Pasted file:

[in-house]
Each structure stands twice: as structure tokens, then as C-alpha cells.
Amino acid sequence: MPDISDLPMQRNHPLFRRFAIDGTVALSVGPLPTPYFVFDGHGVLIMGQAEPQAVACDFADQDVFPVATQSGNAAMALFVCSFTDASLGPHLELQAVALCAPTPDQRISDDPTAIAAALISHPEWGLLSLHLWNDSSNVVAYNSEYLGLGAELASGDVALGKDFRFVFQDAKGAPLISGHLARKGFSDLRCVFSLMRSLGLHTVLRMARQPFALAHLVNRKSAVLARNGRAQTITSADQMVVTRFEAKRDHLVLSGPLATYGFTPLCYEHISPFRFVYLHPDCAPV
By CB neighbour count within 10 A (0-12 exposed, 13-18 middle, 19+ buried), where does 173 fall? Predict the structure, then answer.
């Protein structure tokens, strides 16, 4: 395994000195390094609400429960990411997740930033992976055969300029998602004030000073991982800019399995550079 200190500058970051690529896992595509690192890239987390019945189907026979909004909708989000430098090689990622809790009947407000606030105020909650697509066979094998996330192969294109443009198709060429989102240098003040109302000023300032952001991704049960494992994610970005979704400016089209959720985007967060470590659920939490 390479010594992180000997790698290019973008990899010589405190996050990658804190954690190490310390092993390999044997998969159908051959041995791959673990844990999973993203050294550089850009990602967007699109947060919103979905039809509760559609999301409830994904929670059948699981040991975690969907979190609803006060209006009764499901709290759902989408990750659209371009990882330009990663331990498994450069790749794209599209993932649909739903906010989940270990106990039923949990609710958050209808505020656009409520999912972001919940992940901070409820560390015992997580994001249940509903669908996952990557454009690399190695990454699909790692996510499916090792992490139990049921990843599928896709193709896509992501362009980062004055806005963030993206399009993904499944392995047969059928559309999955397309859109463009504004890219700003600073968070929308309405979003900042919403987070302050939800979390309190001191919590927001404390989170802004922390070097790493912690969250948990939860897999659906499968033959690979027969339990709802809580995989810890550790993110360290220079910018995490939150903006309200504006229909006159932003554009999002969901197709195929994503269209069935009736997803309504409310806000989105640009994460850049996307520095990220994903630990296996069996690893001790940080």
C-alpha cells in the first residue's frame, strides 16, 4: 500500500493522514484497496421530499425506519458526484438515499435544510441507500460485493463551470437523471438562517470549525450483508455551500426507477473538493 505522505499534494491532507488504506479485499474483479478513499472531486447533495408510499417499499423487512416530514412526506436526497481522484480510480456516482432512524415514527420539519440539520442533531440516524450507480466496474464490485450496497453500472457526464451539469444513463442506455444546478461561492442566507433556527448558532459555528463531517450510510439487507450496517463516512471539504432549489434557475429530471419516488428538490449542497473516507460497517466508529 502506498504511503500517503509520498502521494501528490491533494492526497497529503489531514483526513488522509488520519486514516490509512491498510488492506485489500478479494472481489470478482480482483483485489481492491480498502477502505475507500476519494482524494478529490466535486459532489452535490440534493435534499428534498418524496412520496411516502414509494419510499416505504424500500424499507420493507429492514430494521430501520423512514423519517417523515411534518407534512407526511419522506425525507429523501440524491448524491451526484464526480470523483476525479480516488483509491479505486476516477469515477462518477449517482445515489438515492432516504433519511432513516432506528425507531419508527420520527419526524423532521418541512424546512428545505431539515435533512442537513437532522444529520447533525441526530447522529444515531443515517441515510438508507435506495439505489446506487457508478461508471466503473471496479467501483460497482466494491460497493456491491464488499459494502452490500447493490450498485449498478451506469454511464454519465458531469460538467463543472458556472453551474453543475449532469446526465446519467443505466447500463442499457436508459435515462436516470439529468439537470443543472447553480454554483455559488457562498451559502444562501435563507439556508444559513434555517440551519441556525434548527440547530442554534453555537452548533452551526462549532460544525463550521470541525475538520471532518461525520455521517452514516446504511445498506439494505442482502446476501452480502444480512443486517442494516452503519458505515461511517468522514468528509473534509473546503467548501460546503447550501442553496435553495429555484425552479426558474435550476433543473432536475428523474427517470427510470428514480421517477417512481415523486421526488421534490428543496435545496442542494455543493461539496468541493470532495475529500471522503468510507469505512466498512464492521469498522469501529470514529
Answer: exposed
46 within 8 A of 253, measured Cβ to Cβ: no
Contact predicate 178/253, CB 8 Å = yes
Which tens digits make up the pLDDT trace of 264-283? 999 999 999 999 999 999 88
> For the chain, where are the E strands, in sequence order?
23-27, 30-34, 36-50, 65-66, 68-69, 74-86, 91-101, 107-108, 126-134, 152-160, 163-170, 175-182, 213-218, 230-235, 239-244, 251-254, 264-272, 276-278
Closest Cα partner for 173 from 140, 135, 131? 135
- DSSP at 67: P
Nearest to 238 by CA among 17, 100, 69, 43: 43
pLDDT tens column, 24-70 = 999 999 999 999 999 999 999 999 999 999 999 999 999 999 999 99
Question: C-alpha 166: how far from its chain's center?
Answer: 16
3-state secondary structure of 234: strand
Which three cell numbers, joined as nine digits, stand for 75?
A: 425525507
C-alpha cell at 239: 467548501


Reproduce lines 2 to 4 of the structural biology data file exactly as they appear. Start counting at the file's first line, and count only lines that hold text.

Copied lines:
Each structure stands twice: as structure tokens, then as C-alpha cells.
Amino acid sequence: MPDISDLPMQRNHPLFRRFAIDGTVALSVGPLPTPYFVFDGHGVLIMGQAEPQAVACDFADQDVFPVATQSGNAAMALFVCSFTDASLGPHLELQAVALCAPTPDQRISDDPTAIAAALISHPEWGLLSLHLWNDSSNVVAYNSEYLGLGAELASGDVALGKDFRFVFQDAKGAPLISGHLARKGFSDLRCVFSLMRSLGLHTVLRMARQPFALAHLVNRKSAVLARNGRAQTITSADQMVVTRFEAKRDHLVLSGPLATYGFTPLCYEHISPFRFVYLHPDCAPV
By CB neighbour count within 10 A (0-12 exposed, 13-18 middle, 19+ buried), where does 173 fall? Predict the structure, then answer.